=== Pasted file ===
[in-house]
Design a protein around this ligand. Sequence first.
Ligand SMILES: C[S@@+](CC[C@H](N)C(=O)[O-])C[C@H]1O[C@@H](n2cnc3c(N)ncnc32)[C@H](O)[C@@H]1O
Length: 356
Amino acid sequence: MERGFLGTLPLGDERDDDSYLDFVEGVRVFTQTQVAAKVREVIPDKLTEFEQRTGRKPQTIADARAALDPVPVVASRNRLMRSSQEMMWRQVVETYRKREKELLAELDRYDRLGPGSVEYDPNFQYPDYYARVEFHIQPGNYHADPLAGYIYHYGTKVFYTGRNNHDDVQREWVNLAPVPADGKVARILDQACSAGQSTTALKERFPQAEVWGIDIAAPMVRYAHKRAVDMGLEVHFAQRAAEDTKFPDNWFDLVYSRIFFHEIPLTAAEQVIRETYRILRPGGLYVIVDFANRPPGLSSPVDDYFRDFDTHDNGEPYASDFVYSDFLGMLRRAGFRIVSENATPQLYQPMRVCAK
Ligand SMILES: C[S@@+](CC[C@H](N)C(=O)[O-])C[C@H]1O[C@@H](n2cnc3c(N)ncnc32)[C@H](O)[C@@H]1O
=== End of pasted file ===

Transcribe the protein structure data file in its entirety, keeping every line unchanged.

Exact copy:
[in-house]
Design a protein around this ligand. Sequence first.
Ligand SMILES: C[S@@+](CC[C@H](N)C(=O)[O-])C[C@H]1O[C@@H](n2cnc3c(N)ncnc32)[C@H](O)[C@@H]1O
Length: 356
Amino acid sequence: MERGFLGTLPLGDERDDDSYLDFVEGVRVFTQTQVAAKVREVIPDKLTEFEQRTGRKPQTIADARAALDPVPVVASRNRLMRSSQEMMWRQVVETYRKREKELLAELDRYDRLGPGSVEYDPNFQYPDYYARVEFHIQPGNYHADPLAGYIYHYGTKVFYTGRNNHDDVQREWVNLAPVPADGKVARILDQACSAGQSTTALKERFPQAEVWGIDIAAPMVRYAHKRAVDMGLEVHFAQRAAEDTKFPDNWFDLVYSRIFFHEIPLTAAEQVIRETYRILRPGGLYVIVDFANRPPGLSSPVDDYFRDFDTHDNGEPYASDFVYSDFLGMLRRAGFRIVSENATPQLYQPMRVCAK
Ligand SMILES: C[S@@+](CC[C@H](N)C(=O)[O-])C[C@H]1O[C@@H](n2cnc3c(N)ncnc32)[C@H](O)[C@@H]1O